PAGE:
Masters 2022: Scottie Scheffler takes command with a record-tying five-shot lead

April 08, 2022

Scottie Scheffler walks off the 13th green during the second round of the Masters.

Gregory Shamus

AUGUSTA, Ga. — Well, that should expunge any lingering doubts.

We are only 36 holes into the 86th Masters, but Scottie Scheffler established his bona fides as the No. 1 player in the world on Friday with an exhibition of power and patience we should expect from the game’s top-ranked golfer. The Texan who appears to have a two-step in his swing certainly had a bounce in his step as he navigated windswept Augusta National Golf Club in five-under 67.

The nearly invulnerable effort, tied for low round of the day with Justin Thomas, enabled Scheffler to build a five-stroke lead at eight-under 136—matching the largest two-round lead in Masters history. Five times previously a player has led by five after 36 holes, most recently Jordan Spieth in 2015. Four of the five went on to win, the exception coming in 1936 when “Lighthorse” Harry Cooper fell to second behind Horton Smith.

Scheffler is running like a thoroughbred of late, winning three of his last five starts, including the WGC-Dell Technologies Match Play two weeks ago that propelled him to World No. 1 in lightning speed. He is trying to become the first player since Phil Mickelson in 2006 to claim a green jacket after winning his previous start (though Mickelson did it in consecutive weeks).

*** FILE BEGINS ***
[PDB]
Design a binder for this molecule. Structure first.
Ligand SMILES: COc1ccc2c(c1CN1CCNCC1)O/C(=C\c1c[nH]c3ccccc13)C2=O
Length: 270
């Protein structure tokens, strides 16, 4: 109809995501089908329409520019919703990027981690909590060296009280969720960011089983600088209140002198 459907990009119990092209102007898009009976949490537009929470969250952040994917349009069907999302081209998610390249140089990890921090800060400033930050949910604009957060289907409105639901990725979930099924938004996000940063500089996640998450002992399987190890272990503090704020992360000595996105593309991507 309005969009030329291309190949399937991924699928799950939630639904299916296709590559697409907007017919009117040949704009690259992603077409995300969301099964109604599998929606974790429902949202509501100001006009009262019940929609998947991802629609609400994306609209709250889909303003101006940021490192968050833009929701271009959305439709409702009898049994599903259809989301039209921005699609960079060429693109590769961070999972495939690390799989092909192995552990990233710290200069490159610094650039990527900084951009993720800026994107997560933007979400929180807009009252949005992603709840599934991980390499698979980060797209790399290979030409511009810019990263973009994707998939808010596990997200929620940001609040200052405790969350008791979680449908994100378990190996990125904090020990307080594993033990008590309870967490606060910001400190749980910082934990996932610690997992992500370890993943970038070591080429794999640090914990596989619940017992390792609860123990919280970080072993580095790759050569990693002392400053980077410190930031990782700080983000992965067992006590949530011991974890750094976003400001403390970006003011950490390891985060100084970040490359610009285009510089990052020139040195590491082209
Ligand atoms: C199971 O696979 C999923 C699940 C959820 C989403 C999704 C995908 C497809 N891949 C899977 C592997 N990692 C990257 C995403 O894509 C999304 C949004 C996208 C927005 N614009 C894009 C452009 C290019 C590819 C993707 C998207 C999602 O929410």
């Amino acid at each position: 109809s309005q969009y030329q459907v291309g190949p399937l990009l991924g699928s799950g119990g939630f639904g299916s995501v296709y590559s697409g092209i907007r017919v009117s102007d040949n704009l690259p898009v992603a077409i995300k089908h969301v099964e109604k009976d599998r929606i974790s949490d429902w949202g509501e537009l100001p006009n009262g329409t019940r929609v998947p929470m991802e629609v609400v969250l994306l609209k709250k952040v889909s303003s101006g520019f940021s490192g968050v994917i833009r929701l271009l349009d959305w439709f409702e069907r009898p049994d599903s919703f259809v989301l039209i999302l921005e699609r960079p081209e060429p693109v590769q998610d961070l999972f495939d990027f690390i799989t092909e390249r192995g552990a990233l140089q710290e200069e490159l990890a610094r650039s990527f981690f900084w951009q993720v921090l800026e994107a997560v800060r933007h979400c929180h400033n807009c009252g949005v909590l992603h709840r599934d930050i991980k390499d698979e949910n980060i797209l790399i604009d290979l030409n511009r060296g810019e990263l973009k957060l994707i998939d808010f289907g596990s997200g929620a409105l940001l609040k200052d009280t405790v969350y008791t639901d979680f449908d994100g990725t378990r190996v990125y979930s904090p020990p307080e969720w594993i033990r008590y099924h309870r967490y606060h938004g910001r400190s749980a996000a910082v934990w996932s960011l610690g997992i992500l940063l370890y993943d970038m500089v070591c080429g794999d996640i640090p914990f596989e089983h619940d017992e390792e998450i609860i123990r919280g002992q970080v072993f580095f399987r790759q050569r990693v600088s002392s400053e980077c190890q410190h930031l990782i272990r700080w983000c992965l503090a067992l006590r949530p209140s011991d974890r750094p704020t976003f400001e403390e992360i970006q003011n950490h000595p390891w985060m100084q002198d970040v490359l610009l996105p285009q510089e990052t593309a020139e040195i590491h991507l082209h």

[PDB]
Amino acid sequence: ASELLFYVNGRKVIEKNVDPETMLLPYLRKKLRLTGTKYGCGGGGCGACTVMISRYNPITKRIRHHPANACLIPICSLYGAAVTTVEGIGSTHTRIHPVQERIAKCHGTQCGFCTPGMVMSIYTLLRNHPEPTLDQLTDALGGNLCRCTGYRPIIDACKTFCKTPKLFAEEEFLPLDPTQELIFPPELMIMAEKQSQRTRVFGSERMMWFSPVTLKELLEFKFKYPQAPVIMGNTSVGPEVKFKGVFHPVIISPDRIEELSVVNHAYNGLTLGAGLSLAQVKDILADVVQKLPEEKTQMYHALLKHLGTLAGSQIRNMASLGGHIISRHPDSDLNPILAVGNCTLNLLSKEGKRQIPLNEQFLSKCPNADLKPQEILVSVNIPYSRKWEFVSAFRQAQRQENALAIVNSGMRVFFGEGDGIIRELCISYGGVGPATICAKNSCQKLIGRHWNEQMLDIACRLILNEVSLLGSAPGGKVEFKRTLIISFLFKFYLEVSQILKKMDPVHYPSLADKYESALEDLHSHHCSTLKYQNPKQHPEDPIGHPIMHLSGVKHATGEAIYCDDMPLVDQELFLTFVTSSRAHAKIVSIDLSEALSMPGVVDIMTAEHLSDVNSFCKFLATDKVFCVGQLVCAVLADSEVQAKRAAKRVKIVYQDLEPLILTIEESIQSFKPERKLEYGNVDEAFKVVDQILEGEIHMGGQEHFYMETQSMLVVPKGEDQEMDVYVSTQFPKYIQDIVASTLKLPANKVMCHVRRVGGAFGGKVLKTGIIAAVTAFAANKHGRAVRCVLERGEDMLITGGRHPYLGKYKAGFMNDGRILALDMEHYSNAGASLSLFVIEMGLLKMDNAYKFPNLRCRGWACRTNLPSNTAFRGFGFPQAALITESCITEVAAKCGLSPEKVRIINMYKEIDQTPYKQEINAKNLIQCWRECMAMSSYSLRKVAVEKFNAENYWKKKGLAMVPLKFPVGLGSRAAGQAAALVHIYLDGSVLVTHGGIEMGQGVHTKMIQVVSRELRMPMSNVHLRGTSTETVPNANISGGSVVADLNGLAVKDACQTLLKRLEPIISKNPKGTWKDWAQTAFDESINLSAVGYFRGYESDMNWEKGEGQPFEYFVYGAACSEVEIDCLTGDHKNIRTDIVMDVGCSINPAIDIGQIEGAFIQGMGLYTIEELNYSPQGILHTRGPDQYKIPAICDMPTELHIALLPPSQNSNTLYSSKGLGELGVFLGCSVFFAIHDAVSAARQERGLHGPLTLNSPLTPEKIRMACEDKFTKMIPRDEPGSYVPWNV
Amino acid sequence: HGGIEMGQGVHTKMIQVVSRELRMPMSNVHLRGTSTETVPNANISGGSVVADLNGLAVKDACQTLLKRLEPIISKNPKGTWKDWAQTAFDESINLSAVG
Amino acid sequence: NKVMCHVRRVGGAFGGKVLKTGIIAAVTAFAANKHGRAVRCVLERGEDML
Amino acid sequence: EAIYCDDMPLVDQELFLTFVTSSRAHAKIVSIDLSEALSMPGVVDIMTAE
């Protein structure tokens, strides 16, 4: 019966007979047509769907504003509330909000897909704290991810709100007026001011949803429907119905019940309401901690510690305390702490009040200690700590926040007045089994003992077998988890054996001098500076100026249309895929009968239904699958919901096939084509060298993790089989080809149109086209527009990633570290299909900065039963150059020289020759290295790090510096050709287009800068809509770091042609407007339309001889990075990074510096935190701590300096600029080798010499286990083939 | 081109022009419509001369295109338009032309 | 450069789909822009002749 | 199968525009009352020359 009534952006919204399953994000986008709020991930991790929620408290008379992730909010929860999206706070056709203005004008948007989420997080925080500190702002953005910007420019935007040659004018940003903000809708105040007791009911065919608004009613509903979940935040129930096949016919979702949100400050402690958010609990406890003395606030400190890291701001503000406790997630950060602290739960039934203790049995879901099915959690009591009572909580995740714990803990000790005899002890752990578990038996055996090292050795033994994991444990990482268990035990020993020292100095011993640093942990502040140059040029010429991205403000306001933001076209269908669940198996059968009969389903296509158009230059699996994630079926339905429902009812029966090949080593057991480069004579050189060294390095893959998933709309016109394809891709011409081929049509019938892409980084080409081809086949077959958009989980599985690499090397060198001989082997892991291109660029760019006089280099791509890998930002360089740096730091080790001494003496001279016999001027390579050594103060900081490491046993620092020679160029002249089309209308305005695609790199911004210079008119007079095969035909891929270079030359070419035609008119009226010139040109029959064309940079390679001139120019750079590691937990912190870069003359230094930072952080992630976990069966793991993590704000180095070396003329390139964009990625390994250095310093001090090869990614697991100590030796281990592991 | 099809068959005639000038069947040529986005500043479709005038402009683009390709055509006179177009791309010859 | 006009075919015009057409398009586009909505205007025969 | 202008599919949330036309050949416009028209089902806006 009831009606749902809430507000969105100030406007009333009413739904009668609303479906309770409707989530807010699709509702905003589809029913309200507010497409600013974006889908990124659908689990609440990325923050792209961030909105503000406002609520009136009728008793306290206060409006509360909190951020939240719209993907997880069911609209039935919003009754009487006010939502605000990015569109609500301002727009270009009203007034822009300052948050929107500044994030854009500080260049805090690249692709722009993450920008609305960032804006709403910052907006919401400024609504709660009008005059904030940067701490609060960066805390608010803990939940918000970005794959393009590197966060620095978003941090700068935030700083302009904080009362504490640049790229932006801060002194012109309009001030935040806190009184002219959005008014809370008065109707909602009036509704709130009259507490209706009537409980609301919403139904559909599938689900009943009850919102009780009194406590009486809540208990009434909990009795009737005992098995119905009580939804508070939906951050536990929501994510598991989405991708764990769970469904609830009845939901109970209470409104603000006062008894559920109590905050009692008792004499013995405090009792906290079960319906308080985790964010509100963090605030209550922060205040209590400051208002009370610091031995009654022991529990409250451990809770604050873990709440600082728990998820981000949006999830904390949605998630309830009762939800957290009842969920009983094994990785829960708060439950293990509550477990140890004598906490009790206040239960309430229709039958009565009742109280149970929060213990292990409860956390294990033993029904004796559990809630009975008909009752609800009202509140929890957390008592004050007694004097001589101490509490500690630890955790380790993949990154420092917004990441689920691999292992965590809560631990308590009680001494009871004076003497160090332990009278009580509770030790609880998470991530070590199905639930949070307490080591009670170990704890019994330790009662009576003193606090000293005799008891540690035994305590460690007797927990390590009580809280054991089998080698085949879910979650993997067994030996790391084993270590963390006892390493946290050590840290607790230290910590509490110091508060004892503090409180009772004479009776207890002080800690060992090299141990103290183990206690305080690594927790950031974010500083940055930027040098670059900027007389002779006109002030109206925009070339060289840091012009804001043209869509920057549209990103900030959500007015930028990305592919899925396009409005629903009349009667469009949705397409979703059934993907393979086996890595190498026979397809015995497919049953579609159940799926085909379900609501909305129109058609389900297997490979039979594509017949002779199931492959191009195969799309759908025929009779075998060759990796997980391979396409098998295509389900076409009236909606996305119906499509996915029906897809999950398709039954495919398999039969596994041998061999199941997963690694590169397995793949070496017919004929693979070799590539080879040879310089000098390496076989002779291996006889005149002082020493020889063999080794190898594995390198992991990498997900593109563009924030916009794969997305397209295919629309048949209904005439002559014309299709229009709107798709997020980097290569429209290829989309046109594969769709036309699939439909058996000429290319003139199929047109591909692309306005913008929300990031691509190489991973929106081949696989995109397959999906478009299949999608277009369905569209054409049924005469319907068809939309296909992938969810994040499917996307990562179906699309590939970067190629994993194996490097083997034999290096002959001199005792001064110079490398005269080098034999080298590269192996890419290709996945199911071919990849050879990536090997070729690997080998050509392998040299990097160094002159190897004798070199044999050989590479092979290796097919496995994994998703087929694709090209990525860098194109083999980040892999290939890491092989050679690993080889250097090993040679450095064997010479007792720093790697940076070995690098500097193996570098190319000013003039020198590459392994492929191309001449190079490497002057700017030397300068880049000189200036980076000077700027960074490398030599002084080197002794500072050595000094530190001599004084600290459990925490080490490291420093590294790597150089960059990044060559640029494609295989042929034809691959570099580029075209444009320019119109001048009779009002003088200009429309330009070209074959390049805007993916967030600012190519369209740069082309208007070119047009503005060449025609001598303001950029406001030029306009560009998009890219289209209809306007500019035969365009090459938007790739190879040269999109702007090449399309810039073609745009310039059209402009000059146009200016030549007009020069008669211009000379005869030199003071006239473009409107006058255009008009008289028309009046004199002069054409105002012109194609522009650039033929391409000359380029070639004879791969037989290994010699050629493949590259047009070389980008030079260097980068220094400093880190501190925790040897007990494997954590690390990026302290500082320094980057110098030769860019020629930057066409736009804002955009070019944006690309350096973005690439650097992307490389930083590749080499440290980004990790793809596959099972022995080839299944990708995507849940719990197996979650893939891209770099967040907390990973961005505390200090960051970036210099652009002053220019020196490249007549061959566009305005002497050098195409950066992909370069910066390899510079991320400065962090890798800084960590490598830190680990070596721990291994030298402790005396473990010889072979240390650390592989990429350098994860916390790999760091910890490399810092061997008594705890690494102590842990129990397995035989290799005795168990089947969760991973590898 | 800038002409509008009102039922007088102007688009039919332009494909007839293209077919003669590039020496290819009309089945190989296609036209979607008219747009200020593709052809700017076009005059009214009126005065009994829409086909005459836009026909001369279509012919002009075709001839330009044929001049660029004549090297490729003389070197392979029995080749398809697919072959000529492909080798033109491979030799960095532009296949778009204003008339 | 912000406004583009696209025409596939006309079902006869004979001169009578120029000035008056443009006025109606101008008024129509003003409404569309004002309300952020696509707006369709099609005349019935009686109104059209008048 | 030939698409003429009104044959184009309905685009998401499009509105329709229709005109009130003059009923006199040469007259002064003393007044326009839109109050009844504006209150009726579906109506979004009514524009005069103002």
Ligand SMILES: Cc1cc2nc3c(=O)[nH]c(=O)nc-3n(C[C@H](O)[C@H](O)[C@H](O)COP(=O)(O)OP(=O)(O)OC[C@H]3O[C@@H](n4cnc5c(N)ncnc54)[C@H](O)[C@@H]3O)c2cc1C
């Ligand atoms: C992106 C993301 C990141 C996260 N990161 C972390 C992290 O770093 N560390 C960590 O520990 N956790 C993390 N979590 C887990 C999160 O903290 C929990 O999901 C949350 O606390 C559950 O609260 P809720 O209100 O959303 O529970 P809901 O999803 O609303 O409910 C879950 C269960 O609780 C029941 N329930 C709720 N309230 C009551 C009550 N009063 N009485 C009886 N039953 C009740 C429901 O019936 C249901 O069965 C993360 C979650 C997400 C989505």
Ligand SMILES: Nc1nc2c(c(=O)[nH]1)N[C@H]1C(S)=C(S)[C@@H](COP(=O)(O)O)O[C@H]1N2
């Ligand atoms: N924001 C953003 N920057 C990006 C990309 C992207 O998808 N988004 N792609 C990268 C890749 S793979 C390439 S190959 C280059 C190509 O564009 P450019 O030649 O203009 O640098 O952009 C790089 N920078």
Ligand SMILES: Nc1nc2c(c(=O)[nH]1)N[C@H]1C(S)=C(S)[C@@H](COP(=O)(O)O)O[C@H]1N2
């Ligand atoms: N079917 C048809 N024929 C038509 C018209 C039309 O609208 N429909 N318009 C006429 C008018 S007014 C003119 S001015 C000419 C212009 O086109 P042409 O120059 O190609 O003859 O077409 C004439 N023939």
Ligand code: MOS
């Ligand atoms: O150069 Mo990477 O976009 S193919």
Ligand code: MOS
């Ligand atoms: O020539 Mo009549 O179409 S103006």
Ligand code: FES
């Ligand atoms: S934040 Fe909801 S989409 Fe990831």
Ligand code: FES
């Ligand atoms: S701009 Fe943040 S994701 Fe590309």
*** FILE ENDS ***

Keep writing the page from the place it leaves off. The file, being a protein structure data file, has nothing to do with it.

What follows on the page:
He left little doubt that he is playing some dominating golf.

“I feel like my game is in a good spot,” said Scheffler, an assertion impossible to refute. "I’ve done a good job managing my way around the golf course the last two days. Like I said, I've prepared as much as I could. I worked really hard this off-season and I have put myself in a position now to win this golf tournament, and I couldn't ask for anything more after 36 holes.”

Masters 2022

Scottie Scheffler hits out of a bunker in the second round of the Masters.

Adam Glanzman

Defending champion Hideki Matsuyama and 2011 winner Charl Schwartzel joined Shane Lowry and first-round leader Sungjae Im in a tie for second at 141, while four more players are six back, including 2020 champion Dustin Johnson.

Scheffler began with bogeys on two of his first three holes, but he played his final 12 holes in six under par to pull away from the field. Not that he needed it, but as he began to build a lead, his confidence grew. “Once I saw that I took the lead at one point today," he said, "my first thought was to just keep trying to build it just because I feel like I'm playing well.”

The tough conditions, with winds gusting up to 30 miles per hour, left Scheffler definitely feeling “like I was in a fight.” Maybe so. But he came out of the battle with hardly a scratch on him. He’ll begin his third round in the final pairing with Schwartzel at 2:50 p.m. ET with a commanding head start and a head full of positive thoughts.

“It's nice to build up a little bit of a lead, but I'm not really going to be thinking about it tonight or anything,” he said. “I've put myself in position to play well and to win this golf tournament, and going into tomorrow, I'm just going to approach it like I did today and just be committed to my shots and hope for the best.

“I’m just going to keep doing what I'm doing.”

That would be highly recommended.

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